Thump the bulb with a saucepan to separate the cloves, place them into a metal bowl and put another one on top. Give the cloves a vigorous shake and they should come out perfectly peeled.
Make cream, cottage cheese and créme fraîche last longer by storing the container upside down in the fridge to create a vacuum effect that inhibits the growth of bacteria.
The pros on the Great British Bake Off have advised all bakers that zapping their bread dough in the microwave can help it to rise perfectly. Proving the bread dough properly is key to making the perfect loaf, but normally it takes hours.
Next time you bake bread, try placing a wet towel over the bowl where the dough has had its initial rest and put it in the microwave for just 25 seconds. Rest it again for another 5 seconds before blasting again for another 25 seconds. Leave it to rest for 45 minutes and then bake!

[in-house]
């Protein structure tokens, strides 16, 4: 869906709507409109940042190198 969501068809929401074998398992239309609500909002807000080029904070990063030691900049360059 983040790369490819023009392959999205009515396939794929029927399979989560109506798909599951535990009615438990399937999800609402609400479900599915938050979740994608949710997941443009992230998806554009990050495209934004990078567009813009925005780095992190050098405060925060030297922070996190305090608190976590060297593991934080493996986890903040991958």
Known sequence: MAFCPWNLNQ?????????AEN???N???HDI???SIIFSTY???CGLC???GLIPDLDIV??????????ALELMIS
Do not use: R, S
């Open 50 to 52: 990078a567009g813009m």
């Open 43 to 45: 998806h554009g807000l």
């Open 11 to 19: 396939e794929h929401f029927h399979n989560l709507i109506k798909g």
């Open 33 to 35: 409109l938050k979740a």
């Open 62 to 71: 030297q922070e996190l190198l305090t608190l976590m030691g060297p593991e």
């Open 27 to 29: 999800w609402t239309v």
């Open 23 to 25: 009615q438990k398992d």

The fastest and easiest way to deseed a chilli is to halve it lengthways, then use a teaspoon to scrape out the seeds in one downwards stroke. Before chopping them, rub some vegetable oil onto your hands. This creates a barrier to prevent your skin absorbing their stingy heat.
Make the most of counter space by using a pedestal cake stand to hold olive oil, salt, pepper, and other seasonings. That way, the ingredients you use most often are in one place.
Fill your cupboards in organised zones. Put baking items such as flour, sugar and baking soda together on a shelf; pasta, rice and pulses together; teas, coffees and so on. Avoid putting strongly flavoured foods, such as exotic spices, on a shelf next to delicately flavoured items, like tea or flour, or you’ll contaminate their flavours.